The trees at the base are as big
around as the thigh of President Taft
and the topmost leaves are twenty or
thirty feet from the ground. The
bananas are of great nlir, and the
bunches or Stems are bigger than
those of other parts of the world.
Each st<>m Is known an a hanO. and
the Individual bananas ate called
fingers. Iri many places a hunch of
eight or nine hands Is a fairly good
yield, but here the average Is eleven
or twelve, and some of the bunches
have as many as seventeen hands,
each containing ten or twelve fingers
as the bananas are called.
The bunches range all the wfty from
2R0 to ana bananas, and this means
the yield of one plant. The banana
plant yields only one crop of fruit.
As soon as the bunch Is cut off. the
stem Is cut- down and other plants
sprout up from the roots. There IS
no such thing as planting tho banana
from the seed. If bannas ever had
.seeds they have long nlnce disappeared
from the lack of use. All the plants
now grow from suckers or sprouts,
atjd they come up so readily that tin
estate will yl*>'.d a continuous harvest
from year to year without replaot-1
lng. On some spoto banana treeo I
have reproSuced their kind for fifty 1
"Ther* arc 170 ml leu of rnflrnnd on thin bannnn plnntattnn.n
yeart?. without replanting, and at tho
end the yield was quite as great as
Cutting the Fruit.
Now. let us stop and watch them
cutttnc fruit This requires skill.
The bananas must not fall on the
ground, on the slightest bruise will
make them unfit for shipping. The
cutting Is done by negroes, who are
skilled In the business Th?y use long
lances with sharp steel blades, and
cut half way through the st?m at one
stroke. This makes the bunch fall,
and the cutter catches It as It gently
drops down. Tie now cuts off the
rest of the stem, and the bunch Is
handed to the men who carry it off to
I suppose It makes your mouth water
to think of eating a banana, fresh from
the tree. Fuch a bnnana would surely
cause colic. The fruit ripens '->est by
being cut green, and on al these thou?
sand nerep I cannot see n single yel?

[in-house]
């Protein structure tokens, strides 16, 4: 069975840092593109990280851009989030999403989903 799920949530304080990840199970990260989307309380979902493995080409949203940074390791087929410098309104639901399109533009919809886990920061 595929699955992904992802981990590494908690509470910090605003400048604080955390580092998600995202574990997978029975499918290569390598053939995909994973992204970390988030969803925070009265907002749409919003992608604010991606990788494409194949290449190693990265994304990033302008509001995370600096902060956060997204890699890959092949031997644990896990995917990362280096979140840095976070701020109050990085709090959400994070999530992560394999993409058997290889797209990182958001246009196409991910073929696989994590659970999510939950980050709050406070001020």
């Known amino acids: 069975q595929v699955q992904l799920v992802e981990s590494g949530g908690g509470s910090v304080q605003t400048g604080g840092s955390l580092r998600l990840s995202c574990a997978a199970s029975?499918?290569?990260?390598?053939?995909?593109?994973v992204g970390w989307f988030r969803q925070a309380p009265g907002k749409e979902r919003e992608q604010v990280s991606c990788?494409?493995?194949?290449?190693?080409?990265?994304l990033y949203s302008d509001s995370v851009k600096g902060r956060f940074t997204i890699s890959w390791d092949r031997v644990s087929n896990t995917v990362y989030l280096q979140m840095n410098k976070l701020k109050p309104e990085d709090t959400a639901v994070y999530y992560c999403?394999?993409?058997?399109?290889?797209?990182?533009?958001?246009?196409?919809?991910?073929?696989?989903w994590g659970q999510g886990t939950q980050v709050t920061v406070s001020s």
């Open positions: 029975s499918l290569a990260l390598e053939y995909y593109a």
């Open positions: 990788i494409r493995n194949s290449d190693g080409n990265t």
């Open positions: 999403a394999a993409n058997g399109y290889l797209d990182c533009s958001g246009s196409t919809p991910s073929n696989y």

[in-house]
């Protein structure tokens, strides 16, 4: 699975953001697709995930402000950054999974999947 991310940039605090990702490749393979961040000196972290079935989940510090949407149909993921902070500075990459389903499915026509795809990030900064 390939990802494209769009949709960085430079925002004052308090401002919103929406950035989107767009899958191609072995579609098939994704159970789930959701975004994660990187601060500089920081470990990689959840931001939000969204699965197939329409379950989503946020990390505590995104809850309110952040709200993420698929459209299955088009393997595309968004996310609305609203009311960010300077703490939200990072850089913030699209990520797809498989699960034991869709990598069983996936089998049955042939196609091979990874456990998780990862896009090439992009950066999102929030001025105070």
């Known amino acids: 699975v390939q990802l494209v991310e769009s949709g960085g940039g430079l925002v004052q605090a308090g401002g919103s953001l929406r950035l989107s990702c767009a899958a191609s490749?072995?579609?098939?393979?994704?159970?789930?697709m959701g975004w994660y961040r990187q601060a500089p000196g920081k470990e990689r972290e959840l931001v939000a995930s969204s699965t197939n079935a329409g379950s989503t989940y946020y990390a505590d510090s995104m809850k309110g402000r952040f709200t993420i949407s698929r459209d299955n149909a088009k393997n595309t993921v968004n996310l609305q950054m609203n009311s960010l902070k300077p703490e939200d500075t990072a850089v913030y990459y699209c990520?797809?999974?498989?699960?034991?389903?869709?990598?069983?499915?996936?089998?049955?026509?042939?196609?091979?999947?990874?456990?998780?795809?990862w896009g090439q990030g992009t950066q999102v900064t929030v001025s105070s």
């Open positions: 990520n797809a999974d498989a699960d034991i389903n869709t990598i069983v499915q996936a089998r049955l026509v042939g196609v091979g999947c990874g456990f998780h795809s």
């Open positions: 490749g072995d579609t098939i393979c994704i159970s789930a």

low banana It is only nt the ports
that I have been able to get fruit to
eat. The green bananas will keep two
or three weekn after euttlne. and If
cut at the rieht time they taste better
by being allowed to ripen on the way
to the markets.
Six Thoiinnnd Workmen.
Many people think that there Is but
little labor in raising bananas. There
was never a greater mistake. When
the United Fruit Company took up
these thousands of acres, they were
covered with a lungle as dense as that
on the slopes of the Himalaya moun?
tains. The ground was covered with
mighty trees, some of which were lfiO
feet high. These trees were hound
together with vines and lianas, which
were matted together and formed a
network of woven vegetation. There
were palms of a score of varieties, and
the mass of green was so dense that
you could only cut your way through
with a knife and an axe. All of this
jungle had to ibe cut down and turned
over. The big trees, some of which
were as large around ub a flour barrel,
and some bad even the diameter of a
hogshead, were left to rot where they
After the land was cleared and
burned over, the plants had to be set
out at 200 hills to the acre. They had
to be kept clean of weeds, and this,
notwithstanding their nature here Is
so generous that if the land Is left
free for six months It will all be Jungle
And then some of the lands were
swampy and they had to be ditched.
The rainfall here Is ten inches a month,
or 110 Inches a year, and the banana
tree will not grow with Its feet In the
water. in some other banana plan?
tations the land Is so dry that irri?
gation is needed, but here the rainfall
Is Just tight. In planning the planta?
tions, mads and railroads were built.
Farmhouses and homes for the men
were put up at every few miles, and
blacksmith shops, stores and offices
Altogether It takes about s.onn men
to work these plantations, and the
community has to be housed, cared for,
HOW the I.nhor I? Handled.
Tf.c most of the men who work on
this banana estate are Jamaica negroes,
who wore brought here for t.io pur?
pose. They live In little shacks scat?
tered here and there along the railroad,
and they go out from them to their
labor. The offlclnls on! foremen are
Whites, and the responsible parts of
the work are done by Americans sent
here from the United States. These'
men are the best of their kind, and
they receive excellent wages The
negroes are paid about the same that
the Jamaicans receive on the Panama
Cftnal, and their labor Is about as ein-;